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Caged soldier suffers third-degree burns

Caged soldier suffers third-degree burns

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A soldier who fell victim to a fire while being detained for disciplinary reasons in Oddar Meanchey province receives treatment at a hospital in Phnom Penh, Thursday, Feb. 21, 2013. Photograph: Vireak Mai/Phnom Penh Post

A soldier based in Oddar Meanchey was sent to a Phnom Penh Hospital this week after receiving third-degree burns while incarcerated in a cage for disciplinary reasons.

Neither the victim, 20-year-old Ok Khouch, nor his commanders have said whether it was an intentional attack.

Able to speak only in whispers, Khouch told a reporter that he would not file a complaint as he knew there was “no intention to burn me”.

“I did not notice how I was burned, because there were tree leaves covering the cage where I was detained,” said Khouch, whose legs, arms and back are covered in painful blisters. “The fire spread to me, but a man helped to find keys to unlock me.”

Yong Lun, Khouch’s commander at Military Brigade 442, said he could not comment on the incident but confirmed that one soldier was “burnt by cigarette fire” before rushing to turn off the phone.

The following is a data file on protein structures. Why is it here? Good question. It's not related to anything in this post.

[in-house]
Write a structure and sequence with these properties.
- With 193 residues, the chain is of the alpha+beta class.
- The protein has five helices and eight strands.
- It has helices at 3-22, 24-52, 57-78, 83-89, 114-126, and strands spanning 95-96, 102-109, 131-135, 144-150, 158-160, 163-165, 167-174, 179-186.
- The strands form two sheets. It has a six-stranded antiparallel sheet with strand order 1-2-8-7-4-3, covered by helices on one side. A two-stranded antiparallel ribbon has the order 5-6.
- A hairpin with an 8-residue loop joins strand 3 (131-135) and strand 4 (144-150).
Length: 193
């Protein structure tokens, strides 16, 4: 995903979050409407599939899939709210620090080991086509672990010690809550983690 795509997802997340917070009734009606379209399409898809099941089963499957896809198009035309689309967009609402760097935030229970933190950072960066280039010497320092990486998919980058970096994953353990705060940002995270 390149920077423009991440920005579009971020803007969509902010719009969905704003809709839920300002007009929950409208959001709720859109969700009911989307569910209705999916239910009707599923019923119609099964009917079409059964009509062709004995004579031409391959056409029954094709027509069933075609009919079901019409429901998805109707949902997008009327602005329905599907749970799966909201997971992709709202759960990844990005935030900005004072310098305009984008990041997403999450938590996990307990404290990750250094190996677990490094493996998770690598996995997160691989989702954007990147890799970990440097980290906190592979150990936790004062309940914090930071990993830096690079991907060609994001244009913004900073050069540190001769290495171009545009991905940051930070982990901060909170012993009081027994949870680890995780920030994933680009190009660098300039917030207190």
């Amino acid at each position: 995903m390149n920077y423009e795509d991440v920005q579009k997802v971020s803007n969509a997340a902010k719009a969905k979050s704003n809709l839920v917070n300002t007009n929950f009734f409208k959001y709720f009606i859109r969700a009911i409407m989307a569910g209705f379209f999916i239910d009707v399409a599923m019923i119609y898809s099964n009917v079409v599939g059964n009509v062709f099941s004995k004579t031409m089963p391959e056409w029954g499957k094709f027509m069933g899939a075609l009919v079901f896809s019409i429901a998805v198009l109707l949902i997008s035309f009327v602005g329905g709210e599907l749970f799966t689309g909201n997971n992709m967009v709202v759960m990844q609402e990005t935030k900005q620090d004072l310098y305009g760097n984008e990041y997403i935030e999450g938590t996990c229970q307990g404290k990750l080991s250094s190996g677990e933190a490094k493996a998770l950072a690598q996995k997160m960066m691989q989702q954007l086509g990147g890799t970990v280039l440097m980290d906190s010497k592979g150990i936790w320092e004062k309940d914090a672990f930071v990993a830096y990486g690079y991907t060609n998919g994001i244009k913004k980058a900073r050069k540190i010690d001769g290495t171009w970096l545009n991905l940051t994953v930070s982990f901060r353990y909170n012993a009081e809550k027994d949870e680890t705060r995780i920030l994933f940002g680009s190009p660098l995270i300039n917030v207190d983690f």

According to Khouch’s mother, Nong Yan, the soldier was put in the cage after getting into an altercation with another soldier.

“My son was punished by being put in the cage. What type of rule is this?” she said.Yan said she believed the fire to be accidental but was dismayed by the lack of attention from his superiors – none of whom have visited Khouch or offered to help cover his mounting hospital bills.

“The military commander has said nothing. We don’t have an issue with anyone who caused this, because my son just considered it bad luck, but why did his commander keep him detained in the bird’s cage and then not care about him when he was burnt?”

While Khuoch brushed off the detention, saying that it was an ordinary disciplinary practice, rights workers were aghast.

“To detain a man in a cage is a form of torture,” said Am Sam Ath, technical supervisor for rights group Licadho, adding that although the victim did not file a lawsuit, authorities should investigate the detention, as it was “inappropriate punishment”.

Lieutenant General Chhin Chanpor, deputy military commander in charge of the troops at Ta Moan, said he was too busy to comment, while Neak Vong, military commander of the brigade, denied any such incident occurred.

“It’s just a rumour,” he said. “Nothing happened.”

To contact the reporter on this story: Chhay Channyda at [email protected]
With assistance from Cheang Sokha

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